Benadryl For Dog Not Working - Advice From Our Veterinarian

by Dawn
(Oceanside, CA)

Current Picture of Dog With Sores Under Chin

Current Picture of Dog With Sores Under Chin

Reader Question: Why doesn't Benadryl work for my dog?

My dog has been itchy since puppyhood, he is now 2 years old. At first, we thought it was food related, but that doesn't seem to be the problem. We make sure that he receives his flea treatments on time, so it is not that.

This past week he began scratching under his chin. The skin in that area is extremely irritated and sore. Also, one front toe has become irritated.

I have been using Benadryl, but that doesn't seem to be working any longer. A friend mine says her vet switched her to Zyrtec and that has been working much better. My vet said to go the same route for awhile longer until these wounds heal.

Any suggestions?

Thank you,
Dawn Getyina

Suggestion from our Veterinarian

Hi Dawn,

Benadryl is only minimally effective (particularly by itself) for dogs with allergies so I’m not surprised to hear that it seems to have stopped working. I would expect you to have a similar experience with Zyrtec.

As you’ve already learned, managing allergies can be very frustrating. Dogs can be allergic to environmental triggers (pollen, mold, etc.) or to ingredients in their food.

Diagnosing a food allergy requires a strict food trial lasting at least 6-8 weeks during which the dog eats nothing but a prescription diet that contains a single, novel protein source or proteins that have been hydrolyzed (broken down into tiny pieces). Determining what environmental triggers a dog might be reacting to ideally is done through intradermal skin testing, although blood testing can be considered for some individuals.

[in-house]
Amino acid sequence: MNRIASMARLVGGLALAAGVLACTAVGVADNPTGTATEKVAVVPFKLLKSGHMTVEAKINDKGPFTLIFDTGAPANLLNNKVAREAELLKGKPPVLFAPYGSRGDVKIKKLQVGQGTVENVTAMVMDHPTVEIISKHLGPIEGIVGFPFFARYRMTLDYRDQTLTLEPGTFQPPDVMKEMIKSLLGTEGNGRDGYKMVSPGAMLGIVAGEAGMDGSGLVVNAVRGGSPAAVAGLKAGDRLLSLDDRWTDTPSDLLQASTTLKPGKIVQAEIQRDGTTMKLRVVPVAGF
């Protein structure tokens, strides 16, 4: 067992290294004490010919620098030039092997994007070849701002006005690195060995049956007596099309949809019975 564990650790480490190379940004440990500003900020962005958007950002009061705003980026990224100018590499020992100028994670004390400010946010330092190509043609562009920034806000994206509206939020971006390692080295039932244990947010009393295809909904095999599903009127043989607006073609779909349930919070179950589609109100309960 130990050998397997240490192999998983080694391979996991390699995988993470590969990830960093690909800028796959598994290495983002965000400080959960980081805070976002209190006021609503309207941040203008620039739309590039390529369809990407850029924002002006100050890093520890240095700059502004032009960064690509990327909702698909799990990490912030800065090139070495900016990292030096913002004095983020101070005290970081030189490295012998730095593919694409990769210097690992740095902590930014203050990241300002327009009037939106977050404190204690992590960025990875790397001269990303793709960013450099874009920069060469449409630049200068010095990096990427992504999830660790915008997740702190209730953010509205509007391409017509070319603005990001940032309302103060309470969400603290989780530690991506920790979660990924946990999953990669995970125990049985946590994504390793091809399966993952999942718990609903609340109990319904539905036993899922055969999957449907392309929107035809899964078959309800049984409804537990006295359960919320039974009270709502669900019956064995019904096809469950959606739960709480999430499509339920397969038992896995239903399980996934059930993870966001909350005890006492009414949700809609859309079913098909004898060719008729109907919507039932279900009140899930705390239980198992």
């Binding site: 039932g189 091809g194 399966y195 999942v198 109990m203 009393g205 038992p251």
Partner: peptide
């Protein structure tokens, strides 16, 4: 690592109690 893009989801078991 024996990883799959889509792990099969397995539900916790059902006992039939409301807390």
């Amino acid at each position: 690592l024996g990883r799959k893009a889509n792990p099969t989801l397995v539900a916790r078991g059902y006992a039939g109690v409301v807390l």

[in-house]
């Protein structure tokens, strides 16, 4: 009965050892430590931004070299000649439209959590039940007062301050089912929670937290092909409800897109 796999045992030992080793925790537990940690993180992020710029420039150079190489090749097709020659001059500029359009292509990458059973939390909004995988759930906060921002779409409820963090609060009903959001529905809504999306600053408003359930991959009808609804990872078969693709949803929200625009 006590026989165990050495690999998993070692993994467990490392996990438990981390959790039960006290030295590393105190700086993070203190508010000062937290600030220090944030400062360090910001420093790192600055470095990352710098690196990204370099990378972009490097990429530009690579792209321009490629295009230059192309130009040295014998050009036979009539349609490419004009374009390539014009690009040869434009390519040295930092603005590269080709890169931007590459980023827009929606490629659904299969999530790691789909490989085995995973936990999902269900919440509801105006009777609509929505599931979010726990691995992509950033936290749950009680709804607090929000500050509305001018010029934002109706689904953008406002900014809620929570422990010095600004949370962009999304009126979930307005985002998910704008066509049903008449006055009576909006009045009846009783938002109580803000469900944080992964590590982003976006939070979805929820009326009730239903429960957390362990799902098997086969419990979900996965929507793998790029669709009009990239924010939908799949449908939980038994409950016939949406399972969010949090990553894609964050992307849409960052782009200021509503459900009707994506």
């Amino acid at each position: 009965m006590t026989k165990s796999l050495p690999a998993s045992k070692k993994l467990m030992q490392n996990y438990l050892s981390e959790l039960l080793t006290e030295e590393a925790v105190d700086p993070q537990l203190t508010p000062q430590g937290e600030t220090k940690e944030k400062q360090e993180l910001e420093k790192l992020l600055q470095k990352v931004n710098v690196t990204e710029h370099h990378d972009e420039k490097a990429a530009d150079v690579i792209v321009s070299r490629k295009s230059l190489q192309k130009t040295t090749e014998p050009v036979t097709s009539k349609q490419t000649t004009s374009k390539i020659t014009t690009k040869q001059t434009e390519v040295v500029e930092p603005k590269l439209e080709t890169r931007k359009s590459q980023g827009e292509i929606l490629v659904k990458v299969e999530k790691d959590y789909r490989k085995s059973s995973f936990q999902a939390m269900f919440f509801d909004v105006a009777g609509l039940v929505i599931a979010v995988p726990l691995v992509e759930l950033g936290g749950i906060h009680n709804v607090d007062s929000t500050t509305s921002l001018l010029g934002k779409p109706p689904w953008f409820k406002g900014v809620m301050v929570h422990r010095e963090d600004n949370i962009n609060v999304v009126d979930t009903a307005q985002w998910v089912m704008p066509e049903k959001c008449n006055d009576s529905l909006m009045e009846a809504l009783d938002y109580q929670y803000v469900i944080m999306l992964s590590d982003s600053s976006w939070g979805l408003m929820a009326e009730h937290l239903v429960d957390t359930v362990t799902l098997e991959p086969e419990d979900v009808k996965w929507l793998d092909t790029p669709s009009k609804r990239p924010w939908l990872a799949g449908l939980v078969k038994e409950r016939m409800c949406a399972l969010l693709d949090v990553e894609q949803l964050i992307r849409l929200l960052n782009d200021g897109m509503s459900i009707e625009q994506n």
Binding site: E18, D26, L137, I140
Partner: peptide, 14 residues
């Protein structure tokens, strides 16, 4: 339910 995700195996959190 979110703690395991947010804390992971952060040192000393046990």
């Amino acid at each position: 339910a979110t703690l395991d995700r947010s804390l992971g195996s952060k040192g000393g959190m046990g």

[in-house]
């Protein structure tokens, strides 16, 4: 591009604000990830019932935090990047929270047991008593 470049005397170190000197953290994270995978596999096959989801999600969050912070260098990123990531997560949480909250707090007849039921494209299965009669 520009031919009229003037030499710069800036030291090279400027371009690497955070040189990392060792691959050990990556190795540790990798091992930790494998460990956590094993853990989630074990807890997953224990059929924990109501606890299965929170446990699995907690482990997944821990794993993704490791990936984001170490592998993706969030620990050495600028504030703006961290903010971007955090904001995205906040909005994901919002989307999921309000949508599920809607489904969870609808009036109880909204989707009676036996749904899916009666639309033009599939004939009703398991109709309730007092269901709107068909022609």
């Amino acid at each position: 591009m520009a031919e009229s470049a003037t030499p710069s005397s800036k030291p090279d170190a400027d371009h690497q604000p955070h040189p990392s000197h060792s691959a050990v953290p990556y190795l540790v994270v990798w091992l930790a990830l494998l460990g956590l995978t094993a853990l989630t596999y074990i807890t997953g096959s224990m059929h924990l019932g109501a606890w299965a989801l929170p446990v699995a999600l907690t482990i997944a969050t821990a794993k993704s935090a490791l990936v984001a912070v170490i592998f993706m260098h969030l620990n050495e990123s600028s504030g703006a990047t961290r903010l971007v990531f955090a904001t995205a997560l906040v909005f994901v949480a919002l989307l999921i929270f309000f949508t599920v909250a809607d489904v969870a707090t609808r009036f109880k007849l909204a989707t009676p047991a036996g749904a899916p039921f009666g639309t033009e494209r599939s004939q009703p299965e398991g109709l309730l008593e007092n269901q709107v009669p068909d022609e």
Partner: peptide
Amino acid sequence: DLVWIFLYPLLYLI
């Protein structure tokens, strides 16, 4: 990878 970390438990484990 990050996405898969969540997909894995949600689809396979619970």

Environmental allergies are usually treated either through desensitization therapy (allergy shots, for example) or with a combination of frequent bathing, topical products like Dermoscent or Duoxo Seborrhea Spot-on to increase the barrier properties of the skin, omega 3 fatty acid supplements, and/or medications that suppress the immune system like prednisone or cyclosporine (Atopica) or reduce itching like Apoquel. Managing a food allergy involves completely eliminating any triggering ingredients from your dog’s diet.

If your primary care veterinarian is not in a position to handle such a potentially complicated case, make an appointment with a veterinary dermatologist.

Best of luck,

Jennifer Coates, DVM

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